Ta-dah: Northmoor Lock ( #cftcmakealong )

I haven't had time to soak and block it yet (the truth is might wear it before I do) but my Northmoor Lock shawl for the make-along is finished. The make-along is intended to challenge participants to expand their skills, and the crocheters amongst you may be wondering why I chose this when I've already posted numerous crochet projects, some which have used more complex stitches than this one.

The thing is, I have had a total mental block about written crochet patterns. Making the stitches is no problem, and reading/ following charts isn't an issue, but put a written pattern in front of me, and my brain goes into panic mode. As the lovely designer is far too professional to tell you, this was no different. I spent an evening in mild panic despite the clear instructions. So I am very happy to have finished it without any problems at all (once I got going).

It was quite bright when I took these photos, so the yarn looks a little washed out compared to the true colour, but I wanted you to see the pink/lilac and yellow flecks which are visible in the finished shawl.

#cftcmakealong Northmoor Lock shawl. Pattern by Joanne Scrace. Yarn died for the make-along by The Captain and Lovely

Finally some feedback for anyone considering this pattern and yarn.
  • After swatching I decided on a 5mm hook for this yarn, which works up more like a DK than a 4 ply/ fingering weight, but still had plenty of yarn in one skein, in fact there is a little bit left. 
  • This pattern can be worked any length and width - it's very easy to modify. I haven't checked against the original, but wanted mine to be quite long and thin. This was easily achieved, using the pattern as a recipe for the increases/decreases and the shapes along either edge. 
  • It worked up really quickly. I spent just a couple of hours on it when I first started and then just picked it up a few minutes at a time (after carrying it around in my handbag) - before I knew it, I was almost done. This would definitely make a great last-minute gift project and I can imagine whipping one up on Christmas Eve!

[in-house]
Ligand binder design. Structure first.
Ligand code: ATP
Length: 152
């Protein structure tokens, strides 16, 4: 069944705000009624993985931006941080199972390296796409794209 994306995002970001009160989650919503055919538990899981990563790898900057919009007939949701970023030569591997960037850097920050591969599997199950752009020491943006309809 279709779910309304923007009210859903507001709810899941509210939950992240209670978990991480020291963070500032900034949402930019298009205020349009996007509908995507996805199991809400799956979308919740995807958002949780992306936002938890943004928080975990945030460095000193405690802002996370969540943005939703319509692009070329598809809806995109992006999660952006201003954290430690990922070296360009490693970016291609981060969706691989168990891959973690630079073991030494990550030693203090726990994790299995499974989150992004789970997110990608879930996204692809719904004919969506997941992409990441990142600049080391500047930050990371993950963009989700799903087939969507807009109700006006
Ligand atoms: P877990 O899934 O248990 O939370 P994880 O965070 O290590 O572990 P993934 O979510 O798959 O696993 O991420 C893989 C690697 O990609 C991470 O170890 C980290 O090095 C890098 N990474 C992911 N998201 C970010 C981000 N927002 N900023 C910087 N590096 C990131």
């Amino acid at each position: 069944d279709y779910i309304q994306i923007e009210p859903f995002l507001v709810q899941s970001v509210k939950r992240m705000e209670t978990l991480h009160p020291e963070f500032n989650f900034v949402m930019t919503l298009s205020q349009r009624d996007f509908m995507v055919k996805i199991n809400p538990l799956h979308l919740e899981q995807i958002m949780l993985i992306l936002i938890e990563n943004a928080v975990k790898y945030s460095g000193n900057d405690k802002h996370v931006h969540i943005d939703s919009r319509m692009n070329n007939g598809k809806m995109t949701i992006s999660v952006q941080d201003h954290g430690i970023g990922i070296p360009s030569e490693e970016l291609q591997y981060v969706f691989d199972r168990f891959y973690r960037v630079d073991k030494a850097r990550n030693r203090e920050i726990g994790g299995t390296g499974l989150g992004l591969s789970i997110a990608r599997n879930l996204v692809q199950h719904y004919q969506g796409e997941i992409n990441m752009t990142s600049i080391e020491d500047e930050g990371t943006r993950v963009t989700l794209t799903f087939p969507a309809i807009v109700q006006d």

• It seemed much more portable than a knitted shawl as I wasn't worried about dropping stitches, and when I did make a few mistakes (my increasing was too fast at first) it was really easy to rip those rows out and do that bit again. 
  • Mine isn't perfect (some was done in the car on a journey and I wasn't concentrating enough), but I think it's a very forgiving design and once it's wrapped around my neck a few times, I doubt anyone would really notice the couple of 'quirks' that mark is as handmade. 
All things considered I am really very happy with it! A great first crochet shawl... and now I'm deciding which I should be my second - I'm planning to start tonight. If you would like to see the other FOs (and WIPs) so far, head on over to the Ravelry group

I am compiling the make-along giveaway details and will include them in my next post (I've been busy with a few deadlines, and have fallen behind with the blog) so keep an eye out for those - if you haven't joined in yet there is still plenty of time. You can find the details here


  1. It came out great...congratulations on your first one...

  2. Those little nobby points give this a while, Little Women/Victorian vibe.

  3. Well don! I like charts more than written instructions. :-)

  4. Wow, that was quick....mind I like that about crochet....sounds like my kind of thinking whipping up last minute presents on christmas eve....its a staple for me! Pretty scarf¡

  5. It's lovely - what gorgeous yarn! I think your point about crochet being more portable than knitting was the main reason I moved to crochet as my main craft - I lost so many knitting projects halfway through when my needle slipped and I couldn't face picking all my loops back up. I'm working on a super-quick tunisian crochet cowl at the moment - I love a quick project, I'm halfway through after one train journey and one lunch hour! xx


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